27 January 2016

Xrootd for all

Xrootd provides, amongst other things, a convenient method to externally access files at a site anywhere in the world using your grid credentials.

Specialist storage systems such as DPM and dcache now include a xrootd server in their deployment.
If you use a stranded POSIX file system (e.g. Lustre, GPFS, NFS) it's possible to set up a standalone xrootd server to export all or part of the file system to external clients.

The LHC experiments have have gone a step further and have set up federated storage services combining storage from several separate sites in to one namespace allowing seamless client access to storage without having to worry where the data is stored. They have provided instructions to setup a service but only for their VO e.g.

Extending this to allow access to other VOs data via xrootd but without the federated storage service is simple.

The xrootd server runs as user xrootd. In order to access files it must have the correct permissions to the files. This can be done by making the xrootd user a member of the appropriate groups across the site (e.g. via NIS).

ypcat -k group 
dteam dteam:x:12345:user1,user2, …, xrootd
atlas atlas:x:13345:user1,user2, …, xrootd

For simplicity I'll make a symlink to the file system I want to export on the xrootd server, e.g.

ln -sf /mnt/lustre_2/storm_3/atlas/ /atlas
ln -sf /mnt/lustre_2/storm_3/dteam/ /dteam

The xrootd server configuration file is /etc/xrootd/xrootd-clustered.cfg. Within this file we need to define the file system to export and do so read only for security,

all.export /dteam r/o
all.export /atlas r/o

We also need to add the VOs to the X509 configuration.

sec.protparm gsi -vomsfun:/usr/lib64/libXrdSecgsiVOMS.so -vomsfunparms:certfmt=raw | vos=atlas,dteam | grps=/atlas,/dteam
acc.authdb /etc/xrootd/auth_file

The /etc/xrootd/auth_file specifies the group/user access rights. The following will give read and list right to members of the atlas group to file under /atlas and dteam group members for files under /dteam

g /atlas /atlas rl
g /dteam /dteam rl

The final configuration files look like

cat xrootd-clustered.cfg
frm.xfr.copycmd /bin/cp /dev/null $PFN

# atlas redirection
all.manager atlas-xrd-uk.cern.ch+:1098
xrootd.redirect atlas-xrd-uk.cern.ch:1094 ? /atlas
all.sitename SITENAME

all.export /dteam r/o
all.export /atlas r/o

all.role server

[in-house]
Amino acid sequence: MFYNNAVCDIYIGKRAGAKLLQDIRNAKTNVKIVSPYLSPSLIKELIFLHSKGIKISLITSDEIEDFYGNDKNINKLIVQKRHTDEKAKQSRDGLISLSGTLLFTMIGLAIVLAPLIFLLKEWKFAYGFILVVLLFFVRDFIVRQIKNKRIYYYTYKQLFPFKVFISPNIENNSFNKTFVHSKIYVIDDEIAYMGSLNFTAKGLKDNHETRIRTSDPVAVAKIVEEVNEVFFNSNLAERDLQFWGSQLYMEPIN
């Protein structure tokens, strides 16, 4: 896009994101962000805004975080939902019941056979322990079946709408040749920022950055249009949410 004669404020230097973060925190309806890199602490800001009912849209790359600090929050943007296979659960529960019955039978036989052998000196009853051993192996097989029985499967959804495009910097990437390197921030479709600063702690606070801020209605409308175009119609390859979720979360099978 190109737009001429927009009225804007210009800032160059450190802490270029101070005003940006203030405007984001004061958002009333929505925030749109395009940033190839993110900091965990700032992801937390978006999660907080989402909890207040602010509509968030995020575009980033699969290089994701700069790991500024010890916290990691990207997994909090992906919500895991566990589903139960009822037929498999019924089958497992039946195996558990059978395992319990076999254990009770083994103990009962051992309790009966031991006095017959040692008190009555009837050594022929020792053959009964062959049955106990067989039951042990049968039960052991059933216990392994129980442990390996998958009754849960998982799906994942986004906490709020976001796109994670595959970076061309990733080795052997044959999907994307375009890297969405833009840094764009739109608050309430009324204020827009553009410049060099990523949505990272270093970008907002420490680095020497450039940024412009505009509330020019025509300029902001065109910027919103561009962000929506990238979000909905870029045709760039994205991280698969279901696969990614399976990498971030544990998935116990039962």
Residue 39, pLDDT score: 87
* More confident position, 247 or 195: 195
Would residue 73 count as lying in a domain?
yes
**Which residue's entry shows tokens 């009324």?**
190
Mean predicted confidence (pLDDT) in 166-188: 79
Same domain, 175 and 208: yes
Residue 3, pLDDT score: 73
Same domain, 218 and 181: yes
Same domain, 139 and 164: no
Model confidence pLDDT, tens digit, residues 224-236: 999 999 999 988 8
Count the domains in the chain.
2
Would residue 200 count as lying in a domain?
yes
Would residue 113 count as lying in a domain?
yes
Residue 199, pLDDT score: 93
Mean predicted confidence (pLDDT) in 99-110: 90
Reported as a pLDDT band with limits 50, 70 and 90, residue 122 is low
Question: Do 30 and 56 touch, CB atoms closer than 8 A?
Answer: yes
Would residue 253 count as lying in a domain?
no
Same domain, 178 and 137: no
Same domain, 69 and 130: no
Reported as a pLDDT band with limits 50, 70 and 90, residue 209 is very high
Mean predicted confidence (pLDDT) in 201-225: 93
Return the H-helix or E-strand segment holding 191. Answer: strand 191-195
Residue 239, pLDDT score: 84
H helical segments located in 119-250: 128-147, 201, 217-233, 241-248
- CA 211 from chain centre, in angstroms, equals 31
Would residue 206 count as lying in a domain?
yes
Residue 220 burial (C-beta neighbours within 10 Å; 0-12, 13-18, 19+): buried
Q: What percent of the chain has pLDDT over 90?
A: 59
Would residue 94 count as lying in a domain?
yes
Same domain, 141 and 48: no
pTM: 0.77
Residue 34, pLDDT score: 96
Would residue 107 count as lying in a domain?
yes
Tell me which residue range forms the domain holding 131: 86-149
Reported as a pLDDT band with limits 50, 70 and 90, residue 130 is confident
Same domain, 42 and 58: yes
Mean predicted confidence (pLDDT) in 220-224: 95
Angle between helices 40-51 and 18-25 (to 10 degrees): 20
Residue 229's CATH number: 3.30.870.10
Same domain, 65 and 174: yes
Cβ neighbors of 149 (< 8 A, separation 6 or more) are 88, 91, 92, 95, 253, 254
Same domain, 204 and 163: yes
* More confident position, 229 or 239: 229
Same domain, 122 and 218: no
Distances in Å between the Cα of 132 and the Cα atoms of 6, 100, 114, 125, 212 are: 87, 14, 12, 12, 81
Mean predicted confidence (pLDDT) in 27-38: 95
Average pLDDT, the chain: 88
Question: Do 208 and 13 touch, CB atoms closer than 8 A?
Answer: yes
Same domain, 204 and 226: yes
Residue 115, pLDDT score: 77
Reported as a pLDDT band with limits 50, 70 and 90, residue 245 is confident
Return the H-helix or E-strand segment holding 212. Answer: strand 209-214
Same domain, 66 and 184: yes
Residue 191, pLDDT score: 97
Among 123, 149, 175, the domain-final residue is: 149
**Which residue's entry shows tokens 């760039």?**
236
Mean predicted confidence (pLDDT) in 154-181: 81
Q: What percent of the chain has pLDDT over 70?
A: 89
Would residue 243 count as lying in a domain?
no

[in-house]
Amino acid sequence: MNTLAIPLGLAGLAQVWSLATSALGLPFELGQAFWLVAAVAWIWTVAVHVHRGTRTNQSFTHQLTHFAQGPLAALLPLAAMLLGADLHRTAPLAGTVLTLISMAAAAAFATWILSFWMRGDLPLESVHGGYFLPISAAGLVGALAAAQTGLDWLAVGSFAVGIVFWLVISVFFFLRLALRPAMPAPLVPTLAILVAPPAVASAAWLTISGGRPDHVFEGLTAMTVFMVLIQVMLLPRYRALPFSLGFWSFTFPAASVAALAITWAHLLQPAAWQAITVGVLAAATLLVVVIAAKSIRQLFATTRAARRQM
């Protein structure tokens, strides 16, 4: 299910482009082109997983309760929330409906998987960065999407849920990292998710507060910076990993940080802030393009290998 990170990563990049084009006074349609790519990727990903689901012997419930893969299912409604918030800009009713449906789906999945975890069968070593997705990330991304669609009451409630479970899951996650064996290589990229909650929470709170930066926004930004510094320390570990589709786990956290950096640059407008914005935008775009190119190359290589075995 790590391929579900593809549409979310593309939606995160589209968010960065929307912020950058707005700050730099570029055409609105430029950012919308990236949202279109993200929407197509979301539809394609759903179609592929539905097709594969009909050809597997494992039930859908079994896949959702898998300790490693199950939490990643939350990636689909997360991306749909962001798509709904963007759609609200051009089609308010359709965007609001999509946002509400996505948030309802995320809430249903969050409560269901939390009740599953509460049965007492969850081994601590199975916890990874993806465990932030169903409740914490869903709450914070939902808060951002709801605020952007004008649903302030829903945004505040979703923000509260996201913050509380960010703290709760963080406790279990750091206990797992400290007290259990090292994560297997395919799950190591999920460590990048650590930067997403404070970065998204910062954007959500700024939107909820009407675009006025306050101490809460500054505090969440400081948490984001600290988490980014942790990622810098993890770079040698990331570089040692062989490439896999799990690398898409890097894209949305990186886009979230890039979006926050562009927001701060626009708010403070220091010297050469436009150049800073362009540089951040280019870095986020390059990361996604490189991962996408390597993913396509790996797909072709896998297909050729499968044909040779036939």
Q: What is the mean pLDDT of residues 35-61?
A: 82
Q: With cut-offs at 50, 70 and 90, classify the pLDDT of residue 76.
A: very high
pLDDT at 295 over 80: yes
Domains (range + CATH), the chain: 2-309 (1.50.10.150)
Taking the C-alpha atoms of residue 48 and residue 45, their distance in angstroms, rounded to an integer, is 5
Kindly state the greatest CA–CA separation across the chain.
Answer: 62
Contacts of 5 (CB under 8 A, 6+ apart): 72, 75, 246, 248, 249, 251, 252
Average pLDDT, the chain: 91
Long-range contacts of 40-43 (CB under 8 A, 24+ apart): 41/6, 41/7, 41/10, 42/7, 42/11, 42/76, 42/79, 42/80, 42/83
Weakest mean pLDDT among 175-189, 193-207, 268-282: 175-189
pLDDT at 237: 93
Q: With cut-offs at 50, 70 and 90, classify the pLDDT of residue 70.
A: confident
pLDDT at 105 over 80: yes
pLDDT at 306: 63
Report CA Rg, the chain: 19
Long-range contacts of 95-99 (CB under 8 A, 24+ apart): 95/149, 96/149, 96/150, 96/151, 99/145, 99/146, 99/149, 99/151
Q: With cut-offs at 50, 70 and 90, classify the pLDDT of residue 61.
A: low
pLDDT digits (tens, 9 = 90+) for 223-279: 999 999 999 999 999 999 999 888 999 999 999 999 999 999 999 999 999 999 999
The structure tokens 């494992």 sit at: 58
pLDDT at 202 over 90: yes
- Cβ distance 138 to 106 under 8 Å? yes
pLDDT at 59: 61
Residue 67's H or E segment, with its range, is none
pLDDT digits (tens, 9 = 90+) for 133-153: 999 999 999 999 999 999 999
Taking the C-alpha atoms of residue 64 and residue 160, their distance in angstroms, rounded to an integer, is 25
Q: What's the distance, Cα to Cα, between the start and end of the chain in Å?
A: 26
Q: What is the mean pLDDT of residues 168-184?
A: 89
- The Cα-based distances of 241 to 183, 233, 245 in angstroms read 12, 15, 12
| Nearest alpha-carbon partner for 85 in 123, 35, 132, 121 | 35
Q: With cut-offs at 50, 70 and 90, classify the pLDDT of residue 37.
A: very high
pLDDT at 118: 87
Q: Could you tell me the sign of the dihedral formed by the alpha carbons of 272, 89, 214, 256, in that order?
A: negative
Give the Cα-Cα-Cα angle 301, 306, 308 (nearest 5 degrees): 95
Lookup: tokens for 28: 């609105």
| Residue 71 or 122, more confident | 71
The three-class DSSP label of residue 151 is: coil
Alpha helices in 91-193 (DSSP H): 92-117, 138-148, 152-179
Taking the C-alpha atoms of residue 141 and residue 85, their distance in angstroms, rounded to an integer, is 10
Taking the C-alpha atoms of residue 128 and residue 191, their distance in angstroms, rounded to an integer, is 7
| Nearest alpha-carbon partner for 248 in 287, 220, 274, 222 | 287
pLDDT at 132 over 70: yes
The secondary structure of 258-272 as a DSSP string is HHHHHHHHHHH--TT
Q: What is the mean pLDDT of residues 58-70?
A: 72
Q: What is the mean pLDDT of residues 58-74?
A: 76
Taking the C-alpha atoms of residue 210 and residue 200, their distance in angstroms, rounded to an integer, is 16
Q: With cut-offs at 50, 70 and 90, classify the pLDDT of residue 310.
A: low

all.adminpath /var/run/xrootd
all.pidpath /var/run/xrootd
xrootd.async off

# atlas Monitoring
if exec xrootd
xrd.report atl-prod05.slac.stanford.edu:9931 every 60s all -buff -poll sync
# if your sites is in EU uncomment the next line
xrootd.monitor all flush 30s window 5s fstat 60 lfn ops xfr 5 dest redir files info user atlas-fax-eu-collector.cern.ch:9330

# N2N configuration. Please change for your site
oss.namelib /usr/lib64/XrdOucName2NameLFC.so

# X509 configuration, change nothing
xrootd.seclib /usr/lib64/libXrdSec.so
sec.protparm gsi -vomsfun:/usr/lib64/libXrdSecgsiVOMS.so -vomsfunparms:certfmt=raw|vos=atlas,dteam|grps=/atlas,/dteam
sec.protocol /usr/lib64 gsi -ca:1 -crl:3 -gridmap:/dev/null
acc.authdb /etc/xrootd/auth_file
acc.authrefresh 60

[root@xrootd02 xrootd]# cat auth_file
g /atlas /atlas rl
g /dteam /dteam rl

Additional file systems can be added in the same fashion for more VOs e.g. snoplus, t2k …..

It's possible to use argus server for the authentication http://londongrid.blogspot.co.uk/2014/10/xrootd-and-argus-authentication.html

The bandwidth to the file system will be limited by the performance of the xrootd server. For local file access it's still better to use native POSIX access, especially with parallel file systems like Lustre.

04 January 2016

Update on vo.dirac.ac.uk data movement and filesize distribution.

So....... I should have known that the information I posted in the blog post in November of last year would soon be out of date; but I didn't think it would be this soon! DiRAC have successfully developed their system to tar and split their data samples before transferring into the RAL Tier1. This system has dramatically increased the data transfer rates.
 What  has also changed is the number of files per tape  due to the change in average filesize per tape:
This has meant the number of files per tape varied from a starting value of 2-3 thousand per tape , swelling top 2-3 million before finally settling on 20-40 per tape. ( file size is ~ 250-300GB per file.)
To move large files requires good transfer rates; which we have been able to achieve; (can be seen in this log snippet):

Tue Dec 29 08:00:28 2015 INFO     bytes: 293193121792, avg KB/sec:286321, inst KB/sec:308224, elapsed:1001
Tue Dec 29 08:00:33 2015 INFO     bytes: 294824181760, avg KB/sec:286481, inst KB/sec:318566, elapsed:1006
Tue Dec 29 08:00:38 2015 INFO     bytes: 296458387456, avg KB/sec:286643, inst KB/sec:319180, elapsed:1011
Tue Dec 29 08:00:43 2015 INFO     bytes: 298053795840, avg KB/sec:286766, inst KB/sec:311603, elapsed:1016
Tue Dec 29 08:00:45 2015 INFO     bytes: 298822410240, avg KB/sec:286715, inst KB/sec:268071, elapsed:1018

Incidentally, the large filesize also helps reduce the overall rate loss due to individual overhead setup and completion per transfer. ( overhead of ~15 seconds for this file which then took 1018 seconds to transfer.This has allowed us to transfer ~ 125Tb of data over the new year period:

And a completion rate of ~90%

Although the low number of transfers does not allow the FTS optimizer to change settings so as to improve the throughput rate:

Let's hope we can continue this rate. My next step is to look at the rate at which we can create the tarballs on the source host in preparation for transfer  and whether this technique can be applied at other source sites within vo.dirac.ac.uk.